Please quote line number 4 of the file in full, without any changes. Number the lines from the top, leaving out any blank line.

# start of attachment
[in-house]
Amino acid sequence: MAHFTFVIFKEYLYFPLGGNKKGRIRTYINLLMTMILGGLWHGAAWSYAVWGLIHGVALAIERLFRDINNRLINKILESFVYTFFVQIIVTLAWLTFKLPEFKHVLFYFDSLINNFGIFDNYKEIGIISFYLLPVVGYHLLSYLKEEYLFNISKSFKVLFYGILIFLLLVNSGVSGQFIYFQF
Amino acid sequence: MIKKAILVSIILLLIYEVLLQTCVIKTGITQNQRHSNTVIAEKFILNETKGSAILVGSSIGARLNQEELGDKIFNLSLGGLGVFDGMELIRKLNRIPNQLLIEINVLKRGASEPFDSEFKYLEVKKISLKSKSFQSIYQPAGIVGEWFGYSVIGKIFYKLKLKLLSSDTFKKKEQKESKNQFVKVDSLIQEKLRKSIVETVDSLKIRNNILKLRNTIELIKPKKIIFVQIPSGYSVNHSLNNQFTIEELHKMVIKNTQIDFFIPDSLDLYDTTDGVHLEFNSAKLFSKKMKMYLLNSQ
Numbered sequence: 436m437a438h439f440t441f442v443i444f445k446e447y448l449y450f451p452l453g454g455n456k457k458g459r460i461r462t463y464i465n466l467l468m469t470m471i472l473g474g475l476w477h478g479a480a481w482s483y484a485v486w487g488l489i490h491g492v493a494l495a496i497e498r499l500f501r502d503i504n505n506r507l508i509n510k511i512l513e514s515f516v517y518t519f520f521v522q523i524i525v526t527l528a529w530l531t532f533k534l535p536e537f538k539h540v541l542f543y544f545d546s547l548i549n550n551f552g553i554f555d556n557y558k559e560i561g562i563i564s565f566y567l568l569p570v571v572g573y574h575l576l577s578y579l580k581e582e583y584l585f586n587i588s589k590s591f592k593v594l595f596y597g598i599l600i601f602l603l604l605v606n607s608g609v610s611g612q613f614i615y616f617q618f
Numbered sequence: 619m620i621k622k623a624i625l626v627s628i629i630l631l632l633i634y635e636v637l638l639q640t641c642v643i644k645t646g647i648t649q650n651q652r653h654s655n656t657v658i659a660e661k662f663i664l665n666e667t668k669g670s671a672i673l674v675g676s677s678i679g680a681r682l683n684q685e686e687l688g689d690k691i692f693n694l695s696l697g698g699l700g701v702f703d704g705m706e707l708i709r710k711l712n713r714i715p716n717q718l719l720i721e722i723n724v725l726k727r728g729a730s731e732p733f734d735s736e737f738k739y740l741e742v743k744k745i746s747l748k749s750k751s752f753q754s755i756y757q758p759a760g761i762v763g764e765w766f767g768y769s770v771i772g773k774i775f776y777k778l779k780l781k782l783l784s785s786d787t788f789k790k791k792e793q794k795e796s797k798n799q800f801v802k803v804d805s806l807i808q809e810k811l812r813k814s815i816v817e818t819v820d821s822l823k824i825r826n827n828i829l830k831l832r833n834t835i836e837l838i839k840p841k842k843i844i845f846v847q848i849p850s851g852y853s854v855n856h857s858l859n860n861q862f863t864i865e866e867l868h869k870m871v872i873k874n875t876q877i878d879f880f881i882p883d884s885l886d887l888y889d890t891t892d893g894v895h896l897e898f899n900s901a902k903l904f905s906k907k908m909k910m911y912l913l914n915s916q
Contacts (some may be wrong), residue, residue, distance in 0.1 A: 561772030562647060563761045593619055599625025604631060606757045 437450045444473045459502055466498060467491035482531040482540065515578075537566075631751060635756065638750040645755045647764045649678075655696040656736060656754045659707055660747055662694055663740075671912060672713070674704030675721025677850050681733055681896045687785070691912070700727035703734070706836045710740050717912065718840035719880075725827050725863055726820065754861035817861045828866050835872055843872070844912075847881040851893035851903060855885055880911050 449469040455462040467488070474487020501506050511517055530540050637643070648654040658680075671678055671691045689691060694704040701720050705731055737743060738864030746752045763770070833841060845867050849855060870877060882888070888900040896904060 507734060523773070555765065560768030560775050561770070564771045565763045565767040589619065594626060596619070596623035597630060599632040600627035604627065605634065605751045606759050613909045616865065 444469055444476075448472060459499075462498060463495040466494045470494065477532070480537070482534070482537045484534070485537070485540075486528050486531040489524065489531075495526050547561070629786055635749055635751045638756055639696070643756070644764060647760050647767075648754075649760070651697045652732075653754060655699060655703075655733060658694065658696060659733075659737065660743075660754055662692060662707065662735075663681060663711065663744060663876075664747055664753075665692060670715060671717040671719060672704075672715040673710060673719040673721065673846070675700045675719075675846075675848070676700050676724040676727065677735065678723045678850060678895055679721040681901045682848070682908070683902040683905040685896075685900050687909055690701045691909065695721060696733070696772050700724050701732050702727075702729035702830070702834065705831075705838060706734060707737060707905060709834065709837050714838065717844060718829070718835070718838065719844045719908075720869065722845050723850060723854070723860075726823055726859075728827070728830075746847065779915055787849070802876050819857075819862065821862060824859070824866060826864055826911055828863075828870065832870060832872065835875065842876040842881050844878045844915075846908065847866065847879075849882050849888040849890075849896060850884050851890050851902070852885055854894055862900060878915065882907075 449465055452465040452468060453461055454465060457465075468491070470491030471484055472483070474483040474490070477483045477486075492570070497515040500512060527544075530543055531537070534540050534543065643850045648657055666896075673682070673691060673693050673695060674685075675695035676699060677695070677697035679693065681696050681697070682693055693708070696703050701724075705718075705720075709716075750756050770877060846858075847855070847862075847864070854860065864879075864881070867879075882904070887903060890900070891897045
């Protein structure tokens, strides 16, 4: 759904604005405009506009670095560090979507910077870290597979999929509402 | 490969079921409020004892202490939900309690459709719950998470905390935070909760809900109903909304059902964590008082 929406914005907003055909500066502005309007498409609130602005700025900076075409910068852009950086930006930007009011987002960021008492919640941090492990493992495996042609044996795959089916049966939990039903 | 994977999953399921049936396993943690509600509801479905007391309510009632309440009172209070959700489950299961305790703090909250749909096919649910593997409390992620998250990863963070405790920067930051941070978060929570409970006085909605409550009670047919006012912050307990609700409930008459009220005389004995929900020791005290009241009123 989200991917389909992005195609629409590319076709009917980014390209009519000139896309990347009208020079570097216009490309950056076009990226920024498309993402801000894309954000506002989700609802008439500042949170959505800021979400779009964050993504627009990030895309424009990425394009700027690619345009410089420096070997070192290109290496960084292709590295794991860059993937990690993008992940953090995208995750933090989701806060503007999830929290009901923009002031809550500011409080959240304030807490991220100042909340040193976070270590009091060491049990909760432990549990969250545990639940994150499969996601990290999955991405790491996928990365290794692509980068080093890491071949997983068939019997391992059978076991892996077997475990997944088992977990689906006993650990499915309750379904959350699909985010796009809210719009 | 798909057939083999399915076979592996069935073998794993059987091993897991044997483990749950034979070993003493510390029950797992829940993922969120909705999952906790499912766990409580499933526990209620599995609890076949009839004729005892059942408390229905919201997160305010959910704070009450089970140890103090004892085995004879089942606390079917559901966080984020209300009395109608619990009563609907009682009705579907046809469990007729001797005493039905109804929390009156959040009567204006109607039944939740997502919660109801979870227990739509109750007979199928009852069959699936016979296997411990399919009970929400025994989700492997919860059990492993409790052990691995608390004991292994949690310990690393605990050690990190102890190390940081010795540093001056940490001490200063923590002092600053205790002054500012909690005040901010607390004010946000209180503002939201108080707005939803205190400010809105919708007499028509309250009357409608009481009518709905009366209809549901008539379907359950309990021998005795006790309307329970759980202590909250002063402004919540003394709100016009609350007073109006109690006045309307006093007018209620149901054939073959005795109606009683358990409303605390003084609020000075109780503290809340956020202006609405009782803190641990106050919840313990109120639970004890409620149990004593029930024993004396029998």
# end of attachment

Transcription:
Numbered sequence: 436m437a438h439f440t441f442v443i444f445k446e447y448l449y450f451p452l453g454g455n456k457k458g459r460i461r462t463y464i465n466l467l468m469t470m471i472l473g474g475l476w477h478g479a480a481w482s483y484a485v486w487g488l489i490h491g492v493a494l495a496i497e498r499l500f501r502d503i504n505n506r507l508i509n510k511i512l513e514s515f516v517y518t519f520f521v522q523i524i525v526t527l528a529w530l531t532f533k534l535p536e537f538k539h540v541l542f543y544f545d546s547l548i549n550n551f552g553i554f555d556n557y558k559e560i561g562i563i564s565f566y567l568l569p570v571v572g573y574h575l576l577s578y579l580k581e582e583y584l585f586n587i588s589k590s591f592k593v594l595f596y597g598i599l600i601f602l603l604l605v606n607s608g609v610s611g612q613f614i615y616f617q618f